The importance and value of short-term insurance can never be discounted but while it is essential to be adequately insured, it is equally as important to ensure that your property and household contents are covered at the correct value to avoid being over or underinsured.
A lot of people are underinsured without knowing it. This means that if they claim on their property or household contents insurance, the pay-out might not cover or replace the full value of the assets. In essence, if their household contents are insured for only half the value their insurer may only pay half of the claim put forward. In the case of being over insured, this is where insurance cover has been taken for the value which exceeds the actual cash value of the insured asset, also known as the replacement value.
Elizabeth Mountjoy, Private Wealth Manager for FNB Insurance Brokers says, “To ensure that you financially protect your property and home contents, it’s important to confirm that you’ve insured your assets adequately. If you don’t value the cost of your home contents accurately, you may be under-insured – and it could cost you quite a bit of money.
When you take out a short-term insurance policy; you are required to give the value of the property or contents that you want to insure. This value is known as the sum insured. In some cases, there will be a discrepancy between the value of the property (replacement costs) and the value of the sum insured. If the replacement value of the property is higher than the sum insured – this is known as under-insurance”.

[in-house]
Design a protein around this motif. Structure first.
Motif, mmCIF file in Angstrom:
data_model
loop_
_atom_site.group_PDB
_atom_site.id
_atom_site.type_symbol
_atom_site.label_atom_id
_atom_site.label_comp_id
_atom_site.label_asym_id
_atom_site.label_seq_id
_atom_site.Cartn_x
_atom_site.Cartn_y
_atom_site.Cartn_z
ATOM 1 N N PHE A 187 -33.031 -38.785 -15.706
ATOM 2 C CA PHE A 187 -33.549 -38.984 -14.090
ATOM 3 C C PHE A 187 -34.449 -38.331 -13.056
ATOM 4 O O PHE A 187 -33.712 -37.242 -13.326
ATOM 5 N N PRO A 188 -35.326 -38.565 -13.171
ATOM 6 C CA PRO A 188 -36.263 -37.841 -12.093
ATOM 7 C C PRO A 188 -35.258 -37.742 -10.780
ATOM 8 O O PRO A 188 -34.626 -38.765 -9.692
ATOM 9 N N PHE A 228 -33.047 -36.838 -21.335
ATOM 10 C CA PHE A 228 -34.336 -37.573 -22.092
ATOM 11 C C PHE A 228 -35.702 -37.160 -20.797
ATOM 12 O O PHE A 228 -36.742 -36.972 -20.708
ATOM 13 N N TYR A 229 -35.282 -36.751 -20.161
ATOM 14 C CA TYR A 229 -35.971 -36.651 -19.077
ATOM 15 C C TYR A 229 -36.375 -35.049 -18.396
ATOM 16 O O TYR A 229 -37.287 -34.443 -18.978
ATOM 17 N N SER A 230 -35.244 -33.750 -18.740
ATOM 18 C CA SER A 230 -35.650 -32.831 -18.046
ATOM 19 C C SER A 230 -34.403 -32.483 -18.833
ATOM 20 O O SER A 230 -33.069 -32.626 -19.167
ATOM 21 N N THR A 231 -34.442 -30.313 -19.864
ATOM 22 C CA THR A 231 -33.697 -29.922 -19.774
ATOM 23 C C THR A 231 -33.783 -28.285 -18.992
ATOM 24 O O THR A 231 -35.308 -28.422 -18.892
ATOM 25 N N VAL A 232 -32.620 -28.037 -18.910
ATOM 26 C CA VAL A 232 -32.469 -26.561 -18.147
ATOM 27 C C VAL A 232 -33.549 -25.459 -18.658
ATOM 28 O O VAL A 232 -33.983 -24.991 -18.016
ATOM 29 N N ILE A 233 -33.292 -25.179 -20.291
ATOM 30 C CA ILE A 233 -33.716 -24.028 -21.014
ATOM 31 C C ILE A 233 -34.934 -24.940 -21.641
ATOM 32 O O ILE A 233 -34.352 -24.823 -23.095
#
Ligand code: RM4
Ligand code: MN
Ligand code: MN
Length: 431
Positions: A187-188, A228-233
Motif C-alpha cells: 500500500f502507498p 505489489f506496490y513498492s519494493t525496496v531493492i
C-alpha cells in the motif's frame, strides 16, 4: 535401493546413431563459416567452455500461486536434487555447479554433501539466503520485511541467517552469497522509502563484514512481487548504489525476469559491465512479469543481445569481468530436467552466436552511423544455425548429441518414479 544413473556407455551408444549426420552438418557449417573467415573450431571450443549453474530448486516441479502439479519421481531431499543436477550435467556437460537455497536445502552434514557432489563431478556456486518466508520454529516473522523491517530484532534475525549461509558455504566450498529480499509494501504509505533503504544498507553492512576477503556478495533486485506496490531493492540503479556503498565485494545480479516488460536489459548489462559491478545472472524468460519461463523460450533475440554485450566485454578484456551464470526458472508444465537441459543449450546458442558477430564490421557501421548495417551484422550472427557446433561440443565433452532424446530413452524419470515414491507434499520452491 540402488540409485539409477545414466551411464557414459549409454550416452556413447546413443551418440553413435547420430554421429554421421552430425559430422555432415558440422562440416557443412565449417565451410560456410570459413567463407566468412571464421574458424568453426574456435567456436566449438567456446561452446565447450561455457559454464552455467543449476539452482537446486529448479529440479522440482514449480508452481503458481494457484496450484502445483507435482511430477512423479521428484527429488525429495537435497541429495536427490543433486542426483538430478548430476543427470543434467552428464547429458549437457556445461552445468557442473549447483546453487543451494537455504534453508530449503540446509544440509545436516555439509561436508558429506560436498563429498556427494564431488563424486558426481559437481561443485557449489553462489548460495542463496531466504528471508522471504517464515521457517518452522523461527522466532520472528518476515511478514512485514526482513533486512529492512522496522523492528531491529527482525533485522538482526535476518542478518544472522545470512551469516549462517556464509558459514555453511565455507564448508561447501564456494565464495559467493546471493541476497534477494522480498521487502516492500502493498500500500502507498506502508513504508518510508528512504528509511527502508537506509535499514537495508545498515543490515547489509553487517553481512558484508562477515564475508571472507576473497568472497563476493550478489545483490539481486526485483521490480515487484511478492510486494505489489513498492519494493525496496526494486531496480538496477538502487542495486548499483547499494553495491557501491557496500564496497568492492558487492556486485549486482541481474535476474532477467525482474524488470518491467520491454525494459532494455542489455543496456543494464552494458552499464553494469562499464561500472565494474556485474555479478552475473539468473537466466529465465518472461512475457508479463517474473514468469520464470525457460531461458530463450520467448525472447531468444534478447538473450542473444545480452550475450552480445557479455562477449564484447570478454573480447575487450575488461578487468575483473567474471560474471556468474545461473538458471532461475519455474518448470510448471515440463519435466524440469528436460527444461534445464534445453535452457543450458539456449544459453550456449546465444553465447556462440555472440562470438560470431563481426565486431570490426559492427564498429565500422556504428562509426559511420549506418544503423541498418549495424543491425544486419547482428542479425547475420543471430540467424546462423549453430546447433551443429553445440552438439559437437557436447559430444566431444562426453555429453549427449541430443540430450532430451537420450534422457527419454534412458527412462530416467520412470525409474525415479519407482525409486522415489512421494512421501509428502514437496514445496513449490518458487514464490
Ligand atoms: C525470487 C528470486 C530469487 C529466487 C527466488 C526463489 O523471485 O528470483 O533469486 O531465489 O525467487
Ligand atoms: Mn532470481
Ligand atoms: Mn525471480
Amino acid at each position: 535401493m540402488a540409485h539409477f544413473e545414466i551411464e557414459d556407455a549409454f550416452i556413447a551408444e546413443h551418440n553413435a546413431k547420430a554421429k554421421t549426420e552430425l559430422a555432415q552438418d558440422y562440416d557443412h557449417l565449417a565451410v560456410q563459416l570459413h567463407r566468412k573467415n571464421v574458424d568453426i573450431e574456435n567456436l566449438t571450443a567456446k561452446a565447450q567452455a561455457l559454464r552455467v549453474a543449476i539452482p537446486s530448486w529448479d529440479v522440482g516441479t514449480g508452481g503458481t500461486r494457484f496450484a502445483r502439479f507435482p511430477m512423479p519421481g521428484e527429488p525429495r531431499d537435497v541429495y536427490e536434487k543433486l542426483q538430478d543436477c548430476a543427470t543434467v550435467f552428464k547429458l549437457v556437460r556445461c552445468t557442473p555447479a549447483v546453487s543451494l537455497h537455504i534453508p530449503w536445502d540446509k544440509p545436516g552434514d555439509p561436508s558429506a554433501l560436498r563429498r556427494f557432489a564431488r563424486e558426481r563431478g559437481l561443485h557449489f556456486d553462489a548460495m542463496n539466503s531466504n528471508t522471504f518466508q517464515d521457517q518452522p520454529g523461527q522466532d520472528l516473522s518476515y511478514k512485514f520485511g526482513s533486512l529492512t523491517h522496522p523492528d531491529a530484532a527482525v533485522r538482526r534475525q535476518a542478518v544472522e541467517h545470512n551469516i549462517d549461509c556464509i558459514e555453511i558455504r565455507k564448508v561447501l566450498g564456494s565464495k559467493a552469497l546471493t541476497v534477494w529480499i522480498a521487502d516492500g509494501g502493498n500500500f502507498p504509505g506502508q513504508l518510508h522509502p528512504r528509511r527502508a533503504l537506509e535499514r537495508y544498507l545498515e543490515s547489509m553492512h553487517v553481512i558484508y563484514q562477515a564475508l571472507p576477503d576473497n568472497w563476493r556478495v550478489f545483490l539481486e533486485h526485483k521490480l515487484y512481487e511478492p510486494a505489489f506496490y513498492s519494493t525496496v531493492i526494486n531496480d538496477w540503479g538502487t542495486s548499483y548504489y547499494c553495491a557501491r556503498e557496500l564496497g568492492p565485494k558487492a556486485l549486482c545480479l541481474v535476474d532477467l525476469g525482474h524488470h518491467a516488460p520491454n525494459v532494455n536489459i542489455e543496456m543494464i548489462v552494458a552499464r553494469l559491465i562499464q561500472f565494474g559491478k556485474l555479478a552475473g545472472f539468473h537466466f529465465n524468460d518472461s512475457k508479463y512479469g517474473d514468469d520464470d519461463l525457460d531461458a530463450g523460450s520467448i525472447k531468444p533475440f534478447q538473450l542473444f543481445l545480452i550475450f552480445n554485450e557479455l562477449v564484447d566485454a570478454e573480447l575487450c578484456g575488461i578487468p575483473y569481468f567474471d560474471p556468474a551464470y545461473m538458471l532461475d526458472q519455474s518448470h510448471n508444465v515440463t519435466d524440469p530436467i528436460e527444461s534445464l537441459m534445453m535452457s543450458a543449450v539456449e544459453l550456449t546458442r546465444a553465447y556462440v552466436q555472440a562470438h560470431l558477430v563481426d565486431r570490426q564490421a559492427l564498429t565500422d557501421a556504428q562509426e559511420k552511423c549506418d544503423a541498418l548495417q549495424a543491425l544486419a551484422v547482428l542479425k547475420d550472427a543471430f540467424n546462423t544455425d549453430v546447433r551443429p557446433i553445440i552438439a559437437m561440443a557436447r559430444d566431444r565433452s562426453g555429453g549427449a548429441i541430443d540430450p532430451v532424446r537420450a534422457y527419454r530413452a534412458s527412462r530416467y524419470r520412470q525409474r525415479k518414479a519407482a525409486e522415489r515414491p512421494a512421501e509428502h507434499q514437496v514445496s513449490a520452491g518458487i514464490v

Mountjoy shares some key considerations when assessing if your property or assets are under insured:
- Notify your insurer or broker and update your policy if you add features or assets to your home – Improving your home increases its value but can also mean you become underinsured. So, it’s important to notify your insurer when you improve your house and increase coverage to protect your home adequately
- Get your household contents inventory in check – For your household contents – go through each room thoroughly and note as many items as possible, creating a checklist with a full replacement value for each item, think of the worst-case scenario if you had to replace everything, you want to ensure that you have the correct sums to be able to do this. Remember to include contents from the garden and outbuildings and create a list that can be re-used or changed to make the process of updating easier in the future.
- Avoid guessing the value of your contents – Don’t guess or purposely evaluate an item to be worth more than it is especially to the extent where you think you would make a profit by doing this. Insurers are very good at determining an accurate value and it is in your own interest to do the same.
- Read and understand your policy fine print – Don’t take out insurance and then forget about any exclusions that may have been applied to your policy. For example, some insurers apply a safe clause endorsement for specified items such as rings or necklaces and will not cover theft of jewellery from the home unless it is kept locked in a safe whilst not being worn.
- Ask your Broker – Speak to your broker to see if they have any third-party companies who can do professional valuations for your home and contents. Although it could be a cost for you, the benefit is to get to the correct sum insured so that you are not over or underpaying on insurance and the valuation can be used as proof of ownership in the event of a claim.
“Being underinsured is a common issue for homeowners, and they don’t even know it until it’s too late. Our role as brokers is to bring about peace of mind by working with the information provided by the client to ensure that the risks one is insured for, and the level of cover associated, are appropriate for their needs,” concludes Mountjoy.